Is 1917 returning?

Is 1917 returning?

(Picture taken from the Jewish American National History Museum in Philadelphia by Joshua Tartakovsky)

By Joshua Tartakovsky, 10 April 2017

There are many people, such as the corrupt junta in Moscow leading Russia, who would like us to forget 1917 and its transformative events.  Indeed, Moscow has refused to commemorate the Russian Revolution, pretending it did not exist and burying its head in the sand. As expected, the Kremlin does not like questions of social justice and the control of the elite to be brought to the surface. That did not prevent, however, tens of thousands of Russians from recently taking to the streets, in opposition to the corrupt government. Dimitri Medvedev, the Russian Prime Minister, is probably involved in a major corruption ring with a network of actors that was busy smuggling money out of the country while Russians at home were faced with austerity, due to the emphasis on the control of inflation and the cutting down of social programs.

In the United States too, too many people are not fully aware of 1917. They are unaware of the fact that Imperial Germany posed no existential threat to the US and that the responsibility for provoking the war did not lie solely with it. They are unaware of the fact that US went to an unnecessary war, which later imposed severe penalties on Germany in Versailles leading to its suffocation and eventually to its rising from the ashes seeking vengeance, and seeking to expand and subjugated its neighboring countries.

Most significantly, they are unaware of the fact that World War I was a blessing for Wall Street, as US government could buy armaments and war supplies therefore increasing production and profit. Never mind that hundreds of thousands of soldiers had to join the war effort for that. History always finds its useful idiots, or ignorant volunteers.

Now the global economic situation is even worse, since on the global scale (and in most cases not personal scale) too much money has been earned for it to be invested and provide a significant return. It is hard to produce major returns when the economy is already hugely developed. And how much could really be earned via advertising through social media and applications? Therefore, the need to destroy in order to rebuild from zero. In other words, war is good economically, but bad for some countries on the receiving end, or for the soldiers who believe they are serving their nation and helping its survival.

President Trump attacked Syria on the exact day the US entered World War I.  A war on Syria would mean one of two things. Either, the Russians or/and Iranians caving in, or a direct clash between the US and Russia and Iran.

But President Trump’s real sight may be on North Korea, which has the potential to cause severe damage to South Korea and Japan. If Kim Jong Un is removed or bombed, the Korean public is likely to rise behind him in any case, resisting an occupation by South Korea and the United States.  The US failed to defeat North Korea during the Korean War, and the resolve of the North Korean people has only been strengthened since then. Korea is likely to become a major graveyard once again, in such a scenario.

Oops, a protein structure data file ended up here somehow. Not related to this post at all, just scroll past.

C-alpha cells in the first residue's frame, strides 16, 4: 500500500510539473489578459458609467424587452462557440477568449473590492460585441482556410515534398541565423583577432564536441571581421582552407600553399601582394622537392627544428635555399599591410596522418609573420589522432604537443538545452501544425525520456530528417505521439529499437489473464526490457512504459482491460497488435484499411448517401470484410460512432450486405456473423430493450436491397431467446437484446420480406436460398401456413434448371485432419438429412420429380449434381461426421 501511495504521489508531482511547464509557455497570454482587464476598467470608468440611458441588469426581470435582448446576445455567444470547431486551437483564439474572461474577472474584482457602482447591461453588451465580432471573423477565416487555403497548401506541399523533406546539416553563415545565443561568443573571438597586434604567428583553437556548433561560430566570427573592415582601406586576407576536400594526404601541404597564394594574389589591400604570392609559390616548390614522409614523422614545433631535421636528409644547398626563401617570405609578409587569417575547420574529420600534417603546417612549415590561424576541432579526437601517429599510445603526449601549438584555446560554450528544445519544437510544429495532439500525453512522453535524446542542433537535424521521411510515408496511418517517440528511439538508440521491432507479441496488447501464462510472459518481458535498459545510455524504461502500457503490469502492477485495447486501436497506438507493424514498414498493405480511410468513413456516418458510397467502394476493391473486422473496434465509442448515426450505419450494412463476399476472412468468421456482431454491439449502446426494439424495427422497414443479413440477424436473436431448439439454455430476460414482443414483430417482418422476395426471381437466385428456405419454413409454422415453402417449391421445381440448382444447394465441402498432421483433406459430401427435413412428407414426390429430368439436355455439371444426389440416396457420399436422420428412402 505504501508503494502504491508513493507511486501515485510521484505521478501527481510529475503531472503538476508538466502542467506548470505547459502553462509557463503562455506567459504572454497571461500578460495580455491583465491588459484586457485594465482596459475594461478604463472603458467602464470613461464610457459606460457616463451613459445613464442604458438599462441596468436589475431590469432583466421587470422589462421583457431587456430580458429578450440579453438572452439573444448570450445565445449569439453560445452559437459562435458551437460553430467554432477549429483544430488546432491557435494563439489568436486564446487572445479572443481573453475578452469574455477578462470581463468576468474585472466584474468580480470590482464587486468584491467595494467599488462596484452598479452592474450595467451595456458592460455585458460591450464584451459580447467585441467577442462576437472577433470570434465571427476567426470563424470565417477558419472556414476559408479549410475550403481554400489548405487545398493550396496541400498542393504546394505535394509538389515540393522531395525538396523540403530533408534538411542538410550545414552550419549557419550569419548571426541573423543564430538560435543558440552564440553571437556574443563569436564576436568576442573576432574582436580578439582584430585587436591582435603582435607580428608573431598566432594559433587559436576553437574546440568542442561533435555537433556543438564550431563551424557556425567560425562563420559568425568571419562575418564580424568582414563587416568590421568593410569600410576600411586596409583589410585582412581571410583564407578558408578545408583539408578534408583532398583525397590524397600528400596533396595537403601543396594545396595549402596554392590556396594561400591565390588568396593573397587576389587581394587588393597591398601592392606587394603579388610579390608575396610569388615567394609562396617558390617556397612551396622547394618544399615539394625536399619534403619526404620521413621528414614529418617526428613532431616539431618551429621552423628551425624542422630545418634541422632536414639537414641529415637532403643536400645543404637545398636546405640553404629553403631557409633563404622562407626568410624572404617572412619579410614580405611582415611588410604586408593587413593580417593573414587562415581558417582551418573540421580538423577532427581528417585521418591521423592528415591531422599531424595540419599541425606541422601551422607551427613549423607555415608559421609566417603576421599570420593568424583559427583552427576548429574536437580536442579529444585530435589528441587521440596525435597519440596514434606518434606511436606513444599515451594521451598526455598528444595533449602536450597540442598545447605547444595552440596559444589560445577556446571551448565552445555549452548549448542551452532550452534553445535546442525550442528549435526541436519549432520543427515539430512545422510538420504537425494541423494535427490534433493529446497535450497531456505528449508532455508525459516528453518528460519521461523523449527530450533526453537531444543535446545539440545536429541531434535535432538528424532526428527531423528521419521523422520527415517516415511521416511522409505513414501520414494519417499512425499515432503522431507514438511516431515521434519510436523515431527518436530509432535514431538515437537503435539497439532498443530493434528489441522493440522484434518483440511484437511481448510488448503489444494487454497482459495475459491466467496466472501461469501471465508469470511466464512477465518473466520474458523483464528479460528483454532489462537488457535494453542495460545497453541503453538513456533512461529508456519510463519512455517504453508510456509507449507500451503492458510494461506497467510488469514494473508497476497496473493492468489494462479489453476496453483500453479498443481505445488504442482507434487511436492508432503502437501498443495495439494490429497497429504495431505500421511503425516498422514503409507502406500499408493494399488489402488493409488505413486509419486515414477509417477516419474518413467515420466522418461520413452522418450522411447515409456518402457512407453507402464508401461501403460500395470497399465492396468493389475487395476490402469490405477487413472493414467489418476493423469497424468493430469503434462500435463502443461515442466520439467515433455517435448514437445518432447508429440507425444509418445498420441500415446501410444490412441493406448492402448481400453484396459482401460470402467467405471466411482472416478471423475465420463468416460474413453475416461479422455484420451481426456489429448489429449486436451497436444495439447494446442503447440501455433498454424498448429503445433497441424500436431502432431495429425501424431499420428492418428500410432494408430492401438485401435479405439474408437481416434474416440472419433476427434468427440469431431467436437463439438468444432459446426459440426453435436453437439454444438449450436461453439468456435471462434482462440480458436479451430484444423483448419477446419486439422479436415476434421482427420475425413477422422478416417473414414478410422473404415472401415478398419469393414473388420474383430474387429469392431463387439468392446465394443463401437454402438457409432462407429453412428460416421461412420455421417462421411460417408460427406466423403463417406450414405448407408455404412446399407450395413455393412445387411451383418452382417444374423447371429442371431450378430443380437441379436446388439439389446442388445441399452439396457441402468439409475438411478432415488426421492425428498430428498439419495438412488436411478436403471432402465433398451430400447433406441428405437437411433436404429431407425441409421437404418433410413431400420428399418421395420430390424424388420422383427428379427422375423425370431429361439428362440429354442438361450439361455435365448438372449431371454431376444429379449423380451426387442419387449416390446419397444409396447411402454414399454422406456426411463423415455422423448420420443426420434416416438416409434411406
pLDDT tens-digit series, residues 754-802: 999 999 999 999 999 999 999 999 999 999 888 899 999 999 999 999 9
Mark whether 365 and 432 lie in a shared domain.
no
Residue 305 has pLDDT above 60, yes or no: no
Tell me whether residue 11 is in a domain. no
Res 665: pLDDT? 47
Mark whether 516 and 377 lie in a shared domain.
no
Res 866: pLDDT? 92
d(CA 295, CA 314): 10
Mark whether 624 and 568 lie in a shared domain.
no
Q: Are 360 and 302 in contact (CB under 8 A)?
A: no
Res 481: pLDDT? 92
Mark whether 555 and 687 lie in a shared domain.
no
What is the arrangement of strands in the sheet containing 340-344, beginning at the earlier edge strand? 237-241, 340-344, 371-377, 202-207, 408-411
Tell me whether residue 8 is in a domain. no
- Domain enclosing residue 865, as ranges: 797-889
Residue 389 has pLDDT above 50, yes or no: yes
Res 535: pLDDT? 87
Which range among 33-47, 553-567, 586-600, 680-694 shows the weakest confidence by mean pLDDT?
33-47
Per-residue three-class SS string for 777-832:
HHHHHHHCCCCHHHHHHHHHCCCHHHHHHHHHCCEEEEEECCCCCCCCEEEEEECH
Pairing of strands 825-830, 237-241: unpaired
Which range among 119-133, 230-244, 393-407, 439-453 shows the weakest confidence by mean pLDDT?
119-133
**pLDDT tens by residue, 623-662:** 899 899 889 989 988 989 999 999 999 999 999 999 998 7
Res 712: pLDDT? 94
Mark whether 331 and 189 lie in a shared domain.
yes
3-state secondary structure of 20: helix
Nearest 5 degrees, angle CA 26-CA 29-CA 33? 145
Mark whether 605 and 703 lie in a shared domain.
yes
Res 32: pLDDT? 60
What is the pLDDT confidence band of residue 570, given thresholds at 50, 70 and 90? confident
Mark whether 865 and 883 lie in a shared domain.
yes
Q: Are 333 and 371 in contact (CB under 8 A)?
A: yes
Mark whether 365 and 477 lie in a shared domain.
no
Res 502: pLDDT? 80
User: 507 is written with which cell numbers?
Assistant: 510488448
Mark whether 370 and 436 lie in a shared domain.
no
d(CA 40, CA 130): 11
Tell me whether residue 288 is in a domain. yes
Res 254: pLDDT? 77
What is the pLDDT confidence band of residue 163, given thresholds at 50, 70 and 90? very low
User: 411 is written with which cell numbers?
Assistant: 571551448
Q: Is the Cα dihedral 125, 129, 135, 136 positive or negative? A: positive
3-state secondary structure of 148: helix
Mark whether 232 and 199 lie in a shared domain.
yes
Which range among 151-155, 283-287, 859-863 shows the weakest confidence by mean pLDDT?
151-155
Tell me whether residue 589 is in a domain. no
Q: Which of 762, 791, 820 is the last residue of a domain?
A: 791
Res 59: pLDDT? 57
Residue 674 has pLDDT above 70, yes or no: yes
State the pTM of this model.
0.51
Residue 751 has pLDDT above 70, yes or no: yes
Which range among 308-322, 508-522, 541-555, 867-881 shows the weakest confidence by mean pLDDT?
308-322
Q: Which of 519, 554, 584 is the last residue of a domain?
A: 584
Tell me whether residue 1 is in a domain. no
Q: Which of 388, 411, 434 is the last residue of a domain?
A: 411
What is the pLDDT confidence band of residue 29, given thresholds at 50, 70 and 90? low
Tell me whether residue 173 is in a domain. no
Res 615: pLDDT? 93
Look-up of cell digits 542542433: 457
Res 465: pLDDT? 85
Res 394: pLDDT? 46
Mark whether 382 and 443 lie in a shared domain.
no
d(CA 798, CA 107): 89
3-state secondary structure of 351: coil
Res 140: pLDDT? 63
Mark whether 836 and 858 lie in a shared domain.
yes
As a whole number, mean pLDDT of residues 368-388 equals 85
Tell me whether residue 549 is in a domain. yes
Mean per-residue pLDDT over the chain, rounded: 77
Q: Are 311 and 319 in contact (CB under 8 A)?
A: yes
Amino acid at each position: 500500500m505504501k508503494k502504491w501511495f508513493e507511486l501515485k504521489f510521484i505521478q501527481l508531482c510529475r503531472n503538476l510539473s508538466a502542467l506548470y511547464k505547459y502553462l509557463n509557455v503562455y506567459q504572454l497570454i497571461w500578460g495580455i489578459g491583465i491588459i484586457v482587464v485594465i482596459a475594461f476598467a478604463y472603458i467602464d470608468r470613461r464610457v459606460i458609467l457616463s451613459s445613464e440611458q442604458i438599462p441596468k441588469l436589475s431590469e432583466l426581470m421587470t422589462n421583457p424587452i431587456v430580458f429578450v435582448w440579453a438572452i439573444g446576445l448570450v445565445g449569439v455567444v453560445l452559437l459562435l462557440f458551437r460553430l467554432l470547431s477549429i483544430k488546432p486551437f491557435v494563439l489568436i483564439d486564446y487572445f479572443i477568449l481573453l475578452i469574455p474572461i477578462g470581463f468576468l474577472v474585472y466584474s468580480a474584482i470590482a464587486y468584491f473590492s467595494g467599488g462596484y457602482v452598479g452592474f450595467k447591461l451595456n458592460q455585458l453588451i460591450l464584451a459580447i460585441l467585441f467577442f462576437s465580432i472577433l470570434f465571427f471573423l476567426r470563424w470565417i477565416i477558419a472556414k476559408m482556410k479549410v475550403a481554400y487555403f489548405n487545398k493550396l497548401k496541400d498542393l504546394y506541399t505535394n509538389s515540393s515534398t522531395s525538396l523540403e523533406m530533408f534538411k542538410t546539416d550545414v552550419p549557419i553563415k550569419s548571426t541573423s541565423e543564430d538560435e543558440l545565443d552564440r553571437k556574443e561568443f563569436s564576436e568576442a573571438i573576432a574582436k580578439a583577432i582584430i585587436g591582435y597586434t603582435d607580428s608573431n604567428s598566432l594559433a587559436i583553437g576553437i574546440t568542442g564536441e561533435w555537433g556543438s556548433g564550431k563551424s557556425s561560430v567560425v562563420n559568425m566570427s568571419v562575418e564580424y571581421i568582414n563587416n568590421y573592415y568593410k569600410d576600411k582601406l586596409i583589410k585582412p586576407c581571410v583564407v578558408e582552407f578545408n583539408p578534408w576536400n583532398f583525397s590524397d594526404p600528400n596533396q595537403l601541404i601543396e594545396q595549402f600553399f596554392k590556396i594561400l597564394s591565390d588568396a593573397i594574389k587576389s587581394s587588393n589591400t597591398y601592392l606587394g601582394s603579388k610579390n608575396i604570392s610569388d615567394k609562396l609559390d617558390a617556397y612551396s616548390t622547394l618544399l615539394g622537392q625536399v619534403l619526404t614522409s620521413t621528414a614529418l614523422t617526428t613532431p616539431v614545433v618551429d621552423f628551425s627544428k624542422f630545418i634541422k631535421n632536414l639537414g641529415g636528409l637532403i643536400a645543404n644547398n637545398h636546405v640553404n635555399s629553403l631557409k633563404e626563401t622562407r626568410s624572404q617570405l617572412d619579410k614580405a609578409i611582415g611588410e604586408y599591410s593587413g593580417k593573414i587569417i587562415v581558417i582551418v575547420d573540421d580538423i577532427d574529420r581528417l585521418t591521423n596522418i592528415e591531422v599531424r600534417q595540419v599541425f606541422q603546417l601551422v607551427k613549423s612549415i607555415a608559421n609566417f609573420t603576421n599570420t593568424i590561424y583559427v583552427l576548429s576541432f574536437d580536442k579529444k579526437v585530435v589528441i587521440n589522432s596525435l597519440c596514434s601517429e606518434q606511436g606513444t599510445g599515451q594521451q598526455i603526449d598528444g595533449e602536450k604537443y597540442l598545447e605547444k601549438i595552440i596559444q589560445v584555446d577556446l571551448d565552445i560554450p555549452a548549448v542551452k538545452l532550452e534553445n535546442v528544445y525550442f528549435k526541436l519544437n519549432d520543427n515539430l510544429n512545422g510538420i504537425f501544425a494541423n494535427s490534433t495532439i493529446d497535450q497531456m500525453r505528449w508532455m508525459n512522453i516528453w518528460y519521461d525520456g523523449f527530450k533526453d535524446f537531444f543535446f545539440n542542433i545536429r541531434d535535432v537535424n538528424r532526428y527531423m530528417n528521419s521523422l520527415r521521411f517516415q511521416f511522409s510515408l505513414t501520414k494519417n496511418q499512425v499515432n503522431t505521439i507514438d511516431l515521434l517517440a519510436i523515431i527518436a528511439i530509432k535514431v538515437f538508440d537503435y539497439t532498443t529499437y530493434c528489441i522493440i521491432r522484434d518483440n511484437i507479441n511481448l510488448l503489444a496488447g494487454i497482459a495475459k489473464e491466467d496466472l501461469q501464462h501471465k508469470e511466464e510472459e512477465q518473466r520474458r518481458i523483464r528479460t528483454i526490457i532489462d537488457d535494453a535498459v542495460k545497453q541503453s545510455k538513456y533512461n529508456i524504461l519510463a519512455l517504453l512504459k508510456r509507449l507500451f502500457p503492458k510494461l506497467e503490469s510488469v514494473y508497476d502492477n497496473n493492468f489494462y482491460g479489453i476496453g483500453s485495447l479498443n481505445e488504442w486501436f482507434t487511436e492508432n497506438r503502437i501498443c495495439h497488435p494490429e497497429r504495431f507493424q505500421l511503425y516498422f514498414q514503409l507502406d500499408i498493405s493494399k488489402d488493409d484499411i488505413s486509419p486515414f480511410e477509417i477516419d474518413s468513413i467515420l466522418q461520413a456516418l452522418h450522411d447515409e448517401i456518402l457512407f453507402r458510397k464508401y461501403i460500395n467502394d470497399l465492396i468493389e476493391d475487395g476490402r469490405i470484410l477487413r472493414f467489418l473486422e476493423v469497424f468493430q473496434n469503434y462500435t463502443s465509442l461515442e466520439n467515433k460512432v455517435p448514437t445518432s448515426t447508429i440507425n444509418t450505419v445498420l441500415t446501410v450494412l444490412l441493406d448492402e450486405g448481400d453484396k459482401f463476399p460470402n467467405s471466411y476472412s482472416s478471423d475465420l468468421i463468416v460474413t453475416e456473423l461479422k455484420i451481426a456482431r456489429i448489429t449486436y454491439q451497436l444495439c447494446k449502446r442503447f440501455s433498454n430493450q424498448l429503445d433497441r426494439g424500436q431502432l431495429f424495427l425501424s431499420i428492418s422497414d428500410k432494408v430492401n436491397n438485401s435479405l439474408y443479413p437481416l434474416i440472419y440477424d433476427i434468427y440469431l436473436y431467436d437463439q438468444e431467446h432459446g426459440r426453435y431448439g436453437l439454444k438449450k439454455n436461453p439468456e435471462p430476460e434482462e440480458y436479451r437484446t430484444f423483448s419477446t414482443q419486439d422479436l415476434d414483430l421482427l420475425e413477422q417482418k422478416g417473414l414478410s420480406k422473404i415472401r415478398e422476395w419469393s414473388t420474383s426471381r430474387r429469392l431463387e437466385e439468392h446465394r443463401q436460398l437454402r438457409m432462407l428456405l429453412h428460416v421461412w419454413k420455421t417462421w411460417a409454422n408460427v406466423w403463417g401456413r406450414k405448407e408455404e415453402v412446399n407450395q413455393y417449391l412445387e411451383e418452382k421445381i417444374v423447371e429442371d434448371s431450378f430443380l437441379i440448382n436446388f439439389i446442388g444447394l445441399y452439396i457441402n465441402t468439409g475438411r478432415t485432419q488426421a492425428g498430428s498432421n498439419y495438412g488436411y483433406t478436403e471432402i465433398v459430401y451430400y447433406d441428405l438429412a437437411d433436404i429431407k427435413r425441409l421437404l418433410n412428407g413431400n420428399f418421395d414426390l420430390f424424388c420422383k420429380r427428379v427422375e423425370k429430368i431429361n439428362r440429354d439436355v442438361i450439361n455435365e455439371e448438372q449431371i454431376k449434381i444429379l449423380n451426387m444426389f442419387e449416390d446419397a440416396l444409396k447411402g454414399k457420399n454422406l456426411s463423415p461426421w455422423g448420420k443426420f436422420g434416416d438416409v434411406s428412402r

The Russians are now in shock following President Trump’s brilliant attack on Syria. He has caught them with their pants down, entirely unsuspecting. They naively hoped they could make a deal with him, ignoring the structural economic crisis which means war is inevitable, or helping him assume power hoping he will be grateful.

Alexander Dugin, the neo-fascist thinker known as “Putin’s brain,” has been dismayed after the great hopes he placed in Trump have vanished following the strike in Syria. First he claimed that Trump’s election was the “happiest day” in his life (naturally Dugin liked Trump for his apparent dislike of minorities and of human rights). But now with Trump attacking Syria, Dugin claims that Trump has sold-out to the neo-cons and places his hopes in Stephen Bannon, as if Bannon, if elected president in an highly unlikely scenario, would not go to war over Syria now that the global market is in a structural crisis. Dugin is hoping for a worldwide conservative revolution, and as a pig who keeps eating from the food he once vomited, refuses to accept the fact that his premises have been proven wrong.  Dugin refuses to look at the structural crisis of the market and instead finds solace in the demonization of Jews, liberals, the left, and socialism itself.

Moscow too hoped to bury 1917, and ignore the plight of the people, but this attempt blew up in the faces of the Russian elite as the masses took to the streets in recent weeks protesting against governmental corruption. The high turnout of youth caught the Kremlin by surprise.

President Trump is a sovereign president who does what he thinks is good for the US (or rather, for the financial interests of its elite) and is not worried about pleasing others. At the same time he does not give a facade of liberalism at home and war abroad. With him, once he made up his mind, there are no pretenses.

Perhaps Trump is what we need to shake up our world so a new one can be rebuilt. Or perhaps he will secure the obedience of Russia and Iran who will realize that if they continue opposing him they will face the consequences. A compromise appears impossible, but may come too after a disaster.